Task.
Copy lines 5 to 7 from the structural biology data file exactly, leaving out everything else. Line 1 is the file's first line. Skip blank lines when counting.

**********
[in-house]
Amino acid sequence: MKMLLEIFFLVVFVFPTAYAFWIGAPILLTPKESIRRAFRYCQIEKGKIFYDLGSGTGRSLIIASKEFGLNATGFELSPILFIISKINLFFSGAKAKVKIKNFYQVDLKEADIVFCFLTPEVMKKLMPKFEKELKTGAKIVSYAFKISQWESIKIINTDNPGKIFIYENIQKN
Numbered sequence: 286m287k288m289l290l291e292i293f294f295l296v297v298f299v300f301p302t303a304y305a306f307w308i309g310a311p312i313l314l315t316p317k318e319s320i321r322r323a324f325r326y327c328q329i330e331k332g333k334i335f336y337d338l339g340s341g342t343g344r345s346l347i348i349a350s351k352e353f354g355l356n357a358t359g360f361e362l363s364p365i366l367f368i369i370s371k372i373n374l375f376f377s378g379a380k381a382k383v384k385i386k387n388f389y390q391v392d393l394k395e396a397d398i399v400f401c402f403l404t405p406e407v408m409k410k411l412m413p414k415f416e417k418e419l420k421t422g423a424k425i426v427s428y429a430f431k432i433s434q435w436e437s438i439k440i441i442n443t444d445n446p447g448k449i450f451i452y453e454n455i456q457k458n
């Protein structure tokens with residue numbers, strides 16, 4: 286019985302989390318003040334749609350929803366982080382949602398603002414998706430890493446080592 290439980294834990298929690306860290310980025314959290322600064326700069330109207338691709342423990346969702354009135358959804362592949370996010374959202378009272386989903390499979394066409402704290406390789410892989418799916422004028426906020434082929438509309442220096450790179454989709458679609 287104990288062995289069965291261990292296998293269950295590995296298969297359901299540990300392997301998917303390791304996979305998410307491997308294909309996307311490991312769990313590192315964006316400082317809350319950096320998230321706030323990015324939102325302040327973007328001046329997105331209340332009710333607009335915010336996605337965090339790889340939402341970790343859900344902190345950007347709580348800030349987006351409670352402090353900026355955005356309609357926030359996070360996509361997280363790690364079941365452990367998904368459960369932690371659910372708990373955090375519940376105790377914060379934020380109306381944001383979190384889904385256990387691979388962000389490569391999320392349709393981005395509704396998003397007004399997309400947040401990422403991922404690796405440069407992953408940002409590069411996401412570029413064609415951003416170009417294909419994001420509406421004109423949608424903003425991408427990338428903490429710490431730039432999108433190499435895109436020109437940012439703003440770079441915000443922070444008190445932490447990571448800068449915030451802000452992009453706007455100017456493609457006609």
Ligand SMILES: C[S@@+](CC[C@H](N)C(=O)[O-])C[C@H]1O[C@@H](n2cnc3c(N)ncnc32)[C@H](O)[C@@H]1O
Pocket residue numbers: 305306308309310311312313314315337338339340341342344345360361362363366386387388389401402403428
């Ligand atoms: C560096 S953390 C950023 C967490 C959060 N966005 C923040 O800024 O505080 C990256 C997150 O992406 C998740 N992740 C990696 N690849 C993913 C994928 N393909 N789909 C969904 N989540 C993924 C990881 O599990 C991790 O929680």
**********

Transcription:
Ligand SMILES: C[S@@+](CC[C@H](N)C(=O)[O-])C[C@H]1O[C@@H](n2cnc3c(N)ncnc32)[C@H](O)[C@@H]1O
Pocket residue numbers: 305306308309310311312313314315337338339340341342344345360361362363366386387388389401402403428
């Ligand atoms: C560096 S953390 C950023 C967490 C959060 N966005 C923040 O800024 O505080 C990256 C997150 O992406 C998740 N992740 C990696 N690849 C993913 C994928 N393909 N789909 C969904 N989540 C993924 C990881 O599990 C991790 O929680």